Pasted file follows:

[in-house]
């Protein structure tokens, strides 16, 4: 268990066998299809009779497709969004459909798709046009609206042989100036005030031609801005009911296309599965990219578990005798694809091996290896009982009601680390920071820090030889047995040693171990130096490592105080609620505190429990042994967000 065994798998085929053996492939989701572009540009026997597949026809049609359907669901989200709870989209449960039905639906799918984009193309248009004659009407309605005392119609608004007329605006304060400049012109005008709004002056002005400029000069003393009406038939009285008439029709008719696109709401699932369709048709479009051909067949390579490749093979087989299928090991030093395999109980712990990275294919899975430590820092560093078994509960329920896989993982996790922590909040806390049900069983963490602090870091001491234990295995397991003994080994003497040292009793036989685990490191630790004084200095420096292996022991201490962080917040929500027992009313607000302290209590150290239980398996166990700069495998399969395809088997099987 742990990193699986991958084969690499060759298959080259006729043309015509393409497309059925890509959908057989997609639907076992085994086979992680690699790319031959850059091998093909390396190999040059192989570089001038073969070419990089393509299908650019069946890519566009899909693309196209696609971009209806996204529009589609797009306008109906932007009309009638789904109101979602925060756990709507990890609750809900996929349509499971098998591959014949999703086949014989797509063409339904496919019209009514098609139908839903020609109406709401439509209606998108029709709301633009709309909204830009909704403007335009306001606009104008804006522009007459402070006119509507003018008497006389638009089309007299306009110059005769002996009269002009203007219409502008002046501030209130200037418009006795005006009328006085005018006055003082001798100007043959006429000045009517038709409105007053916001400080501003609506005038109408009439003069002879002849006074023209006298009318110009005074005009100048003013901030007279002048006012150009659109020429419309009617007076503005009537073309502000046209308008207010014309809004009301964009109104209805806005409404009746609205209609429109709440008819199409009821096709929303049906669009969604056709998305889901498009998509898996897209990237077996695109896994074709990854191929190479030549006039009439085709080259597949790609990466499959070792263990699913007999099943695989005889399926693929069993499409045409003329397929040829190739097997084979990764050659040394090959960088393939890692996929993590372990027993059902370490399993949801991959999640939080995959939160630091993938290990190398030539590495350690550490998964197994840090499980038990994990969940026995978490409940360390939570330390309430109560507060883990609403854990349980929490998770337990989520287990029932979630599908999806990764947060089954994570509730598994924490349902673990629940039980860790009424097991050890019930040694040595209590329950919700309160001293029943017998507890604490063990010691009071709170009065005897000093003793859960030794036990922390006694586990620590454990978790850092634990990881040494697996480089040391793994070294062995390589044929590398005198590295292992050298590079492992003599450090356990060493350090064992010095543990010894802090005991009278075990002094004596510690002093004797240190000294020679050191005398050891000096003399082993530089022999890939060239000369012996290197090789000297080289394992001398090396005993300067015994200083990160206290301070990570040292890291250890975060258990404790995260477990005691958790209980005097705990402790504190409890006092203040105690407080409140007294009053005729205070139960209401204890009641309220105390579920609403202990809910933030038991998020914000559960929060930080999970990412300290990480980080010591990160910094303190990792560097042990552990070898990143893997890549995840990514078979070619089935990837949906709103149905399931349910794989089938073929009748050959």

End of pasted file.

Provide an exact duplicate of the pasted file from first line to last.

[in-house]
């Protein structure tokens, strides 16, 4: 268990066998299809009779497709969004459909798709046009609206042989100036005030031609801005009911296309599965990219578990005798694809091996290896009982009601680390920071820090030889047995040693171990130096490592105080609620505190429990042994967000 065994798998085929053996492939989701572009540009026997597949026809049609359907669901989200709870989209449960039905639906799918984009193309248009004659009407309605005392119609608004007329605006304060400049012109005008709004002056002005400029000069003393009406038939009285008439029709008719696109709401699932369709048709479009051909067949390579490749093979087989299928090991030093395999109980712990990275294919899975430590820092560093078994509960329920896989993982996790922590909040806390049900069983963490602090870091001491234990295995397991003994080994003497040292009793036989685990490191630790004084200095420096292996022991201490962080917040929500027992009313607000302290209590150290239980398996166990700069495998399969395809088997099987 742990990193699986991958084969690499060759298959080259006729043309015509393409497309059925890509959908057989997609639907076992085994086979992680690699790319031959850059091998093909390396190999040059192989570089001038073969070419990089393509299908650019069946890519566009899909693309196209696609971009209806996204529009589609797009306008109906932007009309009638789904109101979602925060756990709507990890609750809900996929349509499971098998591959014949999703086949014989797509063409339904496919019209009514098609139908839903020609109406709401439509209606998108029709709301633009709309909204830009909704403007335009306001606009104008804006522009007459402070006119509507003018008497006389638009089309007299306009110059005769002996009269002009203007219409502008002046501030209130200037418009006795005006009328006085005018006055003082001798100007043959006429000045009517038709409105007053916001400080501003609506005038109408009439003069002879002849006074023209006298009318110009005074005009100048003013901030007279002048006012150009659109020429419309009617007076503005009537073309502000046209308008207010014309809004009301964009109104209805806005409404009746609205209609429109709440008819199409009821096709929303049906669009969604056709998305889901498009998509898996897209990237077996695109896994074709990854191929190479030549006039009439085709080259597949790609990466499959070792263990699913007999099943695989005889399926693929069993499409045409003329397929040829190739097997084979990764050659040394090959960088393939890692996929993590372990027993059902370490399993949801991959999640939080995959939160630091993938290990190398030539590495350690550490998964197994840090499980038990994990969940026995978490409940360390939570330390309430109560507060883990609403854990349980929490998770337990989520287990029932979630599908999806990764947060089954994570509730598994924490349902673990629940039980860790009424097991050890019930040694040595209590329950919700309160001293029943017998507890604490063990010691009071709170009065005897000093003793859960030794036990922390006694586990620590454990978790850092634990990881040494697996480089040391793994070294062995390589044929590398005198590295292992050298590079492992003599450090356990060493350090064992010095543990010894802090005991009278075990002094004596510690002093004797240190000294020679050191005398050891000096003399082993530089022999890939060239000369012996290197090789000297080289394992001398090396005993300067015994200083990160206290301070990570040292890291250890975060258990404790995260477990005691958790209980005097705990402790504190409890006092203040105690407080409140007294009053005729205070139960209401204890009641309220105390579920609403202990809910933030038991998020914000559960929060930080999970990412300290990480980080010591990160910094303190990792560097042990552990070898990143893997890549995840990514078979070619089935990837949906709103149905399931349910794989089938073929009748050959």